Saturday, August 14, 2010

Manhattan Memories: The Old New Yorker Tells of Changes 1901 (1)

"New York will never be old-they won't let it grow old, the only historical New York that will ever be known is the 'old New York' that we know today. Buildings are razed only to be succeeded by marvelous modern skyscrapers, and even before, somewhere on the twenty-fifth story, the roof has been riveted on. New Yorkers, in the admiration of the engineering feat, have already forgotten the history and the traditions that made the desecrated spot dear to their forefathers."

The speaker was an old New Yorker, a man who had traveled far and near over the face of the globe with his eyes open and memory alert, and he had invited the writer to accompany him on a trip up Broadway.

"Just to show the young people and to recall to the old people what New York was like in the days when dwelling houses surrounded Bowling Green and when omnibuses were the modern convenience that rattled over Broadway paved with cobblestones," explained the old resident, "I have outworn three pavements on Broadway.

"But to come to the point, how many people living in New York today know that from a certain point at the Battery they can look clean out through the Narrows and to the Highlands, 'way beyond, bordering on the sea? And how many know that on the present site of the giant Empire Building, at Rector Street and Broadway, there preceded two other buildings, and that one of them was the old Grace Church? But let us begin at the Battery, the beginning of the old town, as of the new metropolis, and, to the mind of one who has been in every quarter of the globe, the finest point on the face of it, not excepting the harbor at San Francisco.

"The observant man can still trace by the age of the trees in Battery Park the outline of the old Battery, and from where the park has since been artificially stolen from the Hudson River. Draw a line from the foot of Greenwich Street through the Barge Office and you will find, allowing for the irregularities of a river embankment, that all the old trees stand on the east of the line. West of the line is filled-in land.

"At the foot of the Battery was the original South Ferry, so called because it was the furthest ferry south. Up to the late thirties it was the ferry which connected with the one railroad, outside of the Harlem Railroad, running east out of New York.

"The famous Vanderbilt steamers landed exactly where now the Staten Island Ferry lands. The boats were not known as ferryboats in those days; they were called with dignity, 'steamers.' They were four in number, the Sylph, the Huguenot, the Sampson, and the 'Hunchback,' as we small boys called her, because of the lack of a name and the letters 'HOB.' painted on the paddle boxes. The boats were little side-wheel affairs, and double decked only aft.

"Now there is something that your modern New Yorker has not time to observe. See that Custom House flag on the Barge Office?" The perpendicular red and white striped flag with a blue eagle surrounded by 13 blue stars in a field of white, stood out straight in a clipping western breeze. "you would look at that all day and never notice there were sixteen stripes there, and simply because you took it for granted there were but thirteen. The three extra stripes were put in when the original thirteen States grew to sixteen. The flag was never altered from that day on, for it began to dawn on the officials hat there would soon be more stripes than would look well on a flag if each State were so honored.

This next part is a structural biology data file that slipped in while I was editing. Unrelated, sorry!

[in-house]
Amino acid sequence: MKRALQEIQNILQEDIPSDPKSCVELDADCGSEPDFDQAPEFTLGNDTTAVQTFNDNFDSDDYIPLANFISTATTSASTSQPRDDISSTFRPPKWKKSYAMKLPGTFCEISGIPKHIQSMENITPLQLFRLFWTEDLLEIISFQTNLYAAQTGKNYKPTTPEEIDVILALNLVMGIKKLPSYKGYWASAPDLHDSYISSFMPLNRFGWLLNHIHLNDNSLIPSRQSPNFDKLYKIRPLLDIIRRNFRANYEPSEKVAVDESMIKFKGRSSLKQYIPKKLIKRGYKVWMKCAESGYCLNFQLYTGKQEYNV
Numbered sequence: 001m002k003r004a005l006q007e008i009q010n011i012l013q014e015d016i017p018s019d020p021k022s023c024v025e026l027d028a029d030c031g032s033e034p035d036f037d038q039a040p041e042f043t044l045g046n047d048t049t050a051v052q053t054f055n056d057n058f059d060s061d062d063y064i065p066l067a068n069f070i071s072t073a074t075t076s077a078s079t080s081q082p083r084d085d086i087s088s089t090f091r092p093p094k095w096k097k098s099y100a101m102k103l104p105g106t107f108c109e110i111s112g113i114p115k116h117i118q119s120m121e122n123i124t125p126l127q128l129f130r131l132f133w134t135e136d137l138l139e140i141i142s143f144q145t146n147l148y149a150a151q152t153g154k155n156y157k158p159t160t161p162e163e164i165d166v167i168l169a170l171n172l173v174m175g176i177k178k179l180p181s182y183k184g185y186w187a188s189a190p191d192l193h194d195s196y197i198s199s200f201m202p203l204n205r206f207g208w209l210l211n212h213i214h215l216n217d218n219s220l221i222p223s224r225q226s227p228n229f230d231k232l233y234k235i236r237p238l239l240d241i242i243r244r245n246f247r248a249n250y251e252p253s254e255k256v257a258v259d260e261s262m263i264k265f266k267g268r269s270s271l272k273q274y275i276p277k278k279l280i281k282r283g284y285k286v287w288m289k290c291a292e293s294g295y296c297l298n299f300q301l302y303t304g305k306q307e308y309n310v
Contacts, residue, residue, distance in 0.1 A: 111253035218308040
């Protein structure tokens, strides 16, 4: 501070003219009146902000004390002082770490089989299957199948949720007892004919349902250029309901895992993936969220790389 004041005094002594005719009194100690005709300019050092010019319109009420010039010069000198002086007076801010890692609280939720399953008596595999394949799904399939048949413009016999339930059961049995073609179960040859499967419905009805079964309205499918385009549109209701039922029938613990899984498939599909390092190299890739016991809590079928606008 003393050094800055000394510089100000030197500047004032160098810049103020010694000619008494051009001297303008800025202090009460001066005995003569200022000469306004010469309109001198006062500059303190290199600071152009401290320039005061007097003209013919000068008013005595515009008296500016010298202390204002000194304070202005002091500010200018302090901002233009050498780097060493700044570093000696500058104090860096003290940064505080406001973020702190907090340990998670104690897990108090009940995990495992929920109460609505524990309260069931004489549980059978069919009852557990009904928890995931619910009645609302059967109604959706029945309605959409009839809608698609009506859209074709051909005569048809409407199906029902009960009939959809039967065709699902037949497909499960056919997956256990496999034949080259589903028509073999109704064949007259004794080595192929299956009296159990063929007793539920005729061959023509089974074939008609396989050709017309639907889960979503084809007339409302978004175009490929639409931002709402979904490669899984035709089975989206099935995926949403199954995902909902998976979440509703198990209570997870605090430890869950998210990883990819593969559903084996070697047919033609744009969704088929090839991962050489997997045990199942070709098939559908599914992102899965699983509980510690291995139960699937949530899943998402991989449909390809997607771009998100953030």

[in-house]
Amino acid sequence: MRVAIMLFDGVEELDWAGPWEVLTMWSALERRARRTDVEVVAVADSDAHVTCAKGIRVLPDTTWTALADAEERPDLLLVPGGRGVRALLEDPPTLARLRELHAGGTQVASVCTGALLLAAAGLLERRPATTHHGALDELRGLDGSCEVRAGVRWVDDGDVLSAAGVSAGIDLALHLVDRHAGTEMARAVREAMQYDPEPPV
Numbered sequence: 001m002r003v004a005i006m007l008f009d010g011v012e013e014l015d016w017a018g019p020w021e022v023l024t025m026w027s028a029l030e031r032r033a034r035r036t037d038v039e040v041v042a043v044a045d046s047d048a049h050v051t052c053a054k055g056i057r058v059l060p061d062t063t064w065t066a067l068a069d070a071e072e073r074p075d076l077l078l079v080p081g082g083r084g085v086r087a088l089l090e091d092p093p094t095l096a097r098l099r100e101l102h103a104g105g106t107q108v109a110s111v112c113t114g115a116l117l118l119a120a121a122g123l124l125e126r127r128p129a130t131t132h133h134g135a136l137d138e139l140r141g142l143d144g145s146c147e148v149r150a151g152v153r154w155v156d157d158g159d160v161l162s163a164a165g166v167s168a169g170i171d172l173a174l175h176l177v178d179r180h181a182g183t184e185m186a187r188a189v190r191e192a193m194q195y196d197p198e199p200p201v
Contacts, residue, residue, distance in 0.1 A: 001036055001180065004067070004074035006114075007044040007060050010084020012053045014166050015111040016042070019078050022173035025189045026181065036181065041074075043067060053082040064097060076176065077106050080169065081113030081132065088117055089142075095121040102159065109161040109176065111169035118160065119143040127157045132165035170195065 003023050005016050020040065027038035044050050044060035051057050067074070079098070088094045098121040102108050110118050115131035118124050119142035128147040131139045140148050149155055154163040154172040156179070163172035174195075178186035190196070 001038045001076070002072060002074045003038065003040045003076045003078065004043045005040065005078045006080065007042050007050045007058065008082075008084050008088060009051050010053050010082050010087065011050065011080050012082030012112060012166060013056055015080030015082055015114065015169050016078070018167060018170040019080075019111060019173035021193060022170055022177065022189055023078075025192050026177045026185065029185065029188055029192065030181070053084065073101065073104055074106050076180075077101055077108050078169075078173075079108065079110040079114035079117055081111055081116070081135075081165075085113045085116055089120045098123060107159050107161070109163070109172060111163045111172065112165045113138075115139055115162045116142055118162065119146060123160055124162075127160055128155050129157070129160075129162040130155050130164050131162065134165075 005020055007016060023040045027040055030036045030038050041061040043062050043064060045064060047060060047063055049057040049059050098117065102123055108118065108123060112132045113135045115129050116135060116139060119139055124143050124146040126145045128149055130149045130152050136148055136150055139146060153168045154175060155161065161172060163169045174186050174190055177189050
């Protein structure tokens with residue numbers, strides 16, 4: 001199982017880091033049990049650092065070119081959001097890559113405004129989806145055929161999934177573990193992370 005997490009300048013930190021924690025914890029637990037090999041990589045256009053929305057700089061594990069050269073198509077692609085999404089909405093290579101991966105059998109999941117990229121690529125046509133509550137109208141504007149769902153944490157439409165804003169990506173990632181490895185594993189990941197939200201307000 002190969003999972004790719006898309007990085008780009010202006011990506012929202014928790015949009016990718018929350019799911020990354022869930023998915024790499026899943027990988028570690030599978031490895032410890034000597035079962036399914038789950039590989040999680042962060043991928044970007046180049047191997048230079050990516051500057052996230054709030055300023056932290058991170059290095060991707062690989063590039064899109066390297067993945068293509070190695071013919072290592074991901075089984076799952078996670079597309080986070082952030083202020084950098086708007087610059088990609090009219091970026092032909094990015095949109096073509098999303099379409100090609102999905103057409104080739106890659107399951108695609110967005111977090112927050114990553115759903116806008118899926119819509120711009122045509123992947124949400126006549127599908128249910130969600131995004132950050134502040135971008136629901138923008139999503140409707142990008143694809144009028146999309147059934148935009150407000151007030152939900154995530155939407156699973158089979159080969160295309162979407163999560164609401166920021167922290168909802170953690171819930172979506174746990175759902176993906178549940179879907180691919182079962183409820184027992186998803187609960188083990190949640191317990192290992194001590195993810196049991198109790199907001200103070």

"The Battery in those early days was the Central Park of today. People came here from all over. There was a sea wall built and on it was an ordinary wooden two-railed fence, but the people were very proud of their park. It was here that there was more to see than anywhere else in New York. The Aquarium was then Fort Clinton. Here Gen. Lafayette landed, and the memory, instead of being forgotten in the rush and turmoil after the other man's dollar, was tenderly preserved. Here, also, all that was new or striking was 'pulled off.' In 1840 Colt, the inventor of the revolver, experimented with a submarine mine with which he blew up an old hulk in the presence of thousands who had come to see the feat. The river that day was loaded with small boats, and no sooner did the bursting timbers sail skyward than there was a scramble for souvenirs, you see, therefore, the fever is ancient. The occasion, I believe, was the first on which a submarine mine was fired by electricity.

"At the Battery, likewise, the troops assembled for the Fourth of July parade. The whole town turned out in those days on the Fourth, and the parade was one of the occasions of the year. After forming in line the march was up Broadway, to Union Square, down the Bowery to City Hall Place, and to Park Row, where a grand salute would be fired. I do not know if men in those days were made of different stuff, but if today troops were ordered over that line of march on a blistering Fourth of July there would be a riot.

To be continued: The Old New Yorker Tells of Changes 1901

Source of Information: New York Times June 16, 1901

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